The proposals are coming fast and furious. It seems as though every time German Chancellor Angela Merkel approaches a microphone this week -- and on Monday evening she managed to complete six television interviews -- she demands yet another measure to ensure that a crisis like that in Greece doesn't repeat itself.
In an interview with the public television station ZDF, she demanded that a mechanism for "orderly insolvency proceedings for countries" be established. On ARD, she said that banks cannot be allowed to shirk their responsibility and insisted that financial market regulation be strengthened. On RTL, she demanded that financial speculation be reined in.
Her finance minister, Wolfgang Schäuble, even got into the act, telling the Rheinische Post newspaper that countries which violate the European Union's stability pact should be punished either with a suspension of EU transfer payments or a suspension of their voting rights.
The public relations blast is a calculated one. On Sunday, finance ministers from euro zone countries together with the International Monetary Fund agreed to a €110 billion aid package for Greece to forestall bankruptcy, to be paid out over the next three years. Germany's share is €22.4 billion, €8.4 billion of which is due this year. Already, European governments have begun passing the necessary legislation to make the aid possible, with the French parliament having rubber-stamped the plan on Tuesday. Both houses of German parliament are due to have their say on Friday.
But for Merkel, the deal is full of potential political pitfalls. She is well aware that a majority of the German public is against financial aid for Greece. A survey last week by Infratest dimap found that a mere 33 percent of the German populace is in favor of assisting Athens.
Furthermore, important state elections are looming on Sunday in North Rhine-Westphalia, Germany's most populous state. Merkel's party, the Christian Democratic Union (CDU), which currently governs the state in coalition with the pro-business Free Democrats, is facing a stiff challenge from left and center-left parties. Should the CDU not be returned to power with the FDP, Merkel would lose her majority in the Bundesrat, Germany's upper legislative chamber.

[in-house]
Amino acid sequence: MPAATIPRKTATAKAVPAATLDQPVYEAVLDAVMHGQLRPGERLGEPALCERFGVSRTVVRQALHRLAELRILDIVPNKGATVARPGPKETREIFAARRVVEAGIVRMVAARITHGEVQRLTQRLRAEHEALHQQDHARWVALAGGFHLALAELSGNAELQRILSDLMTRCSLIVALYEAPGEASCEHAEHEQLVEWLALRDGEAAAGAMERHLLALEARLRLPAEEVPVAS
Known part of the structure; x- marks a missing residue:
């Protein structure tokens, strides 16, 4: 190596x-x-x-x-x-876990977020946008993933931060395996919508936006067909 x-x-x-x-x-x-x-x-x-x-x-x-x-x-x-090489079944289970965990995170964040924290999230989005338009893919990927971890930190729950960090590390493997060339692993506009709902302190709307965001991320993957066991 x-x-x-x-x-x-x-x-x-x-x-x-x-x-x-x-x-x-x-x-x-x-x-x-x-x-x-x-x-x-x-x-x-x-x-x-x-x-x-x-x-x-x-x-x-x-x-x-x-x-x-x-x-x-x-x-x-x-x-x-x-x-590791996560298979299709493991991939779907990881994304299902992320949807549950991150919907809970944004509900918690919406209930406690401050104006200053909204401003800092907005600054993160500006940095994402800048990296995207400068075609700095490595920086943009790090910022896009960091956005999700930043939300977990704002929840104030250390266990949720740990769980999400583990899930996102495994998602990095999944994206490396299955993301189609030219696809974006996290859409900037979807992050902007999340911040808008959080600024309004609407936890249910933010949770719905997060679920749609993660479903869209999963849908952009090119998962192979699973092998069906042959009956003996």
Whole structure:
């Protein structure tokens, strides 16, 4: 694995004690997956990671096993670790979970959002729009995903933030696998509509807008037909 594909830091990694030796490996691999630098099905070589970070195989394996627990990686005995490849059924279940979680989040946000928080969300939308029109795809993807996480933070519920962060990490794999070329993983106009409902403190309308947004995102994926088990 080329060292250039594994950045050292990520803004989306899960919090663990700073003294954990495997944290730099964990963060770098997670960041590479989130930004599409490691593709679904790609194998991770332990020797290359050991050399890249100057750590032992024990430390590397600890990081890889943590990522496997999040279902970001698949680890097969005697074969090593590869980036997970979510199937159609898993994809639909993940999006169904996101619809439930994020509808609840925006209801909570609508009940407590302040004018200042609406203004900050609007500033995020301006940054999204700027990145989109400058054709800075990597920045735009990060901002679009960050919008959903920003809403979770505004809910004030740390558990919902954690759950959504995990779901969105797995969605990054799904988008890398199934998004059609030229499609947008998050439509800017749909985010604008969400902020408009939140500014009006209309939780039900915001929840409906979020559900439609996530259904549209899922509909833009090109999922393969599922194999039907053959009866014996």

Indeed, many have criticized Merkel for her often inconsistent statements on aid to Greece and have accused her of trying to delay any decision until after Sunday's vote. On Monday evening, Merkel was careful to deny the connection. "This was a global event," she said in more than one television interview, in reference to Greece's budgetary difficulties. She insisted that financial markets pay no attention to regional elections.
Nevertheless, it is clear that Merkel would like to quickly change the focus of the debate -- from Germany's share of the aid package to possible measures that might prevent such a problem in the future. Her numerous suggestions for strengthening the rules governing Europe's common currency area are a first step in that direction.
A second step was taken on Tuesday, when Schäuble met with representatives of German banks in Berlin in an effort to secure their participation in the aid package. A number of German parliamentarians, including some from the CDU, have voiced opposition to the aid package because it could result in more profits for banks that had bet against Greece.
Merkel, on Monday night, threw her support behind Schäuble's effort. The banks, she said, "will now have a variety of possibilities to do their part." One must be careful, she warned further, "to not become too focused on small numbers."
On Tuesday afternoon, Schäuble said that an initial agreement had been reached and that Germany's financial institutions would be making "significant" contributions to the aid package.
Whether that will help Merkel's party at the polls on Sunday remains to be seen.